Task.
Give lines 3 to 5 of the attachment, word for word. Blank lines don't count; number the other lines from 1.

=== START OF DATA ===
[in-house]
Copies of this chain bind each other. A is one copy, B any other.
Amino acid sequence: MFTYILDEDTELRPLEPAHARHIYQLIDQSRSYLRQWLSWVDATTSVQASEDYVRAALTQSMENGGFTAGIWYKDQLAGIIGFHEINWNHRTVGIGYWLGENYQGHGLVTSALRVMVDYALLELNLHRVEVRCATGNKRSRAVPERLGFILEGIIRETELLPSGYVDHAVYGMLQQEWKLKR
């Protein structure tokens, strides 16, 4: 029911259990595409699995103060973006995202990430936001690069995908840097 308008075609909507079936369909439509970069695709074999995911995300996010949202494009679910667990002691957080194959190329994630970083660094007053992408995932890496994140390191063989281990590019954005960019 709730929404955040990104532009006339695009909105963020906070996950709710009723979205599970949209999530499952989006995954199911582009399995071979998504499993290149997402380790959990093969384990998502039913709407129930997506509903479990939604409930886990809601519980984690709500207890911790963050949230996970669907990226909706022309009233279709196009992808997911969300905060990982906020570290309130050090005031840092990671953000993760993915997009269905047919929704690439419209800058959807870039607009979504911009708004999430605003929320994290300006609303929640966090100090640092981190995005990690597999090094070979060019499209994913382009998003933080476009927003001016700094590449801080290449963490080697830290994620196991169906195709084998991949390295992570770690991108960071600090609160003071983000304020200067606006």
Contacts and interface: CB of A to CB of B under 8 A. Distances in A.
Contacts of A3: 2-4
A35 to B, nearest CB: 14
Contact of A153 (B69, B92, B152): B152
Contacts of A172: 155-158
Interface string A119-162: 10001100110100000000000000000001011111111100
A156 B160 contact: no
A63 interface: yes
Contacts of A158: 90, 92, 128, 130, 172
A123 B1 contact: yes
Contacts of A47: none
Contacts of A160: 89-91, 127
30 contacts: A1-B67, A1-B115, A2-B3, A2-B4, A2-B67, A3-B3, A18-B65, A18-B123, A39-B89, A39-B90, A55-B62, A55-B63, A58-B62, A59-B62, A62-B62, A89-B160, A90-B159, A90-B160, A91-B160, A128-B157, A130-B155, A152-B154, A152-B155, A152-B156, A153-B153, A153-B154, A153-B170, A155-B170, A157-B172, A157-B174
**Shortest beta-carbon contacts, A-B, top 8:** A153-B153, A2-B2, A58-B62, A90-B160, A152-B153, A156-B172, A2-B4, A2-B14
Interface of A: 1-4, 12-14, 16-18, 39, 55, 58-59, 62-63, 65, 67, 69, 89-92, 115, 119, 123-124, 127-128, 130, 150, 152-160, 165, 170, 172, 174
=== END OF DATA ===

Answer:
Amino acid sequence: MFTYILDEDTELRPLEPAHARHIYQLIDQSRSYLRQWLSWVDATTSVQASEDYVRAALTQSMENGGFTAGIWYKDQLAGIIGFHEINWNHRTVGIGYWLGENYQGHGLVTSALRVMVDYALLELNLHRVEVRCATGNKRSRAVPERLGFILEGIIRETELLPSGYVDHAVYGMLQQEWKLKR
């Protein structure tokens, strides 16, 4: 029911259990595409699995103060973006995202990430936001690069995908840097 308008075609909507079936369909439509970069695709074999995911995300996010949202494009679910667990002691957080194959190329994630970083660094007053992408995932890496994140390191063989281990590019954005960019 709730929404955040990104532009006339695009909105963020906070996950709710009723979205599970949209999530499952989006995954199911582009399995071979998504499993290149997402380790959990093969384990998502039913709407129930997506509903479990939604409930886990809601519980984690709500207890911790963050949230996970669907990226909706022309009233279709196009992808997911969300905060990982906020570290309130050090005031840092990671953000993760993915997009269905047919929704690439419209800058959807870039607009979504911009708004999430605003929320994290300006609303929640966090100090640092981190995005990690597999090094070979060019499209994913382009998003933080476009927003001016700094590449801080290449963490080697830290994620196991169906195709084998991949390295992570770690991108960071600090609160003071983000304020200067606006």
Contacts and interface: CB of A to CB of B under 8 A. Distances in A.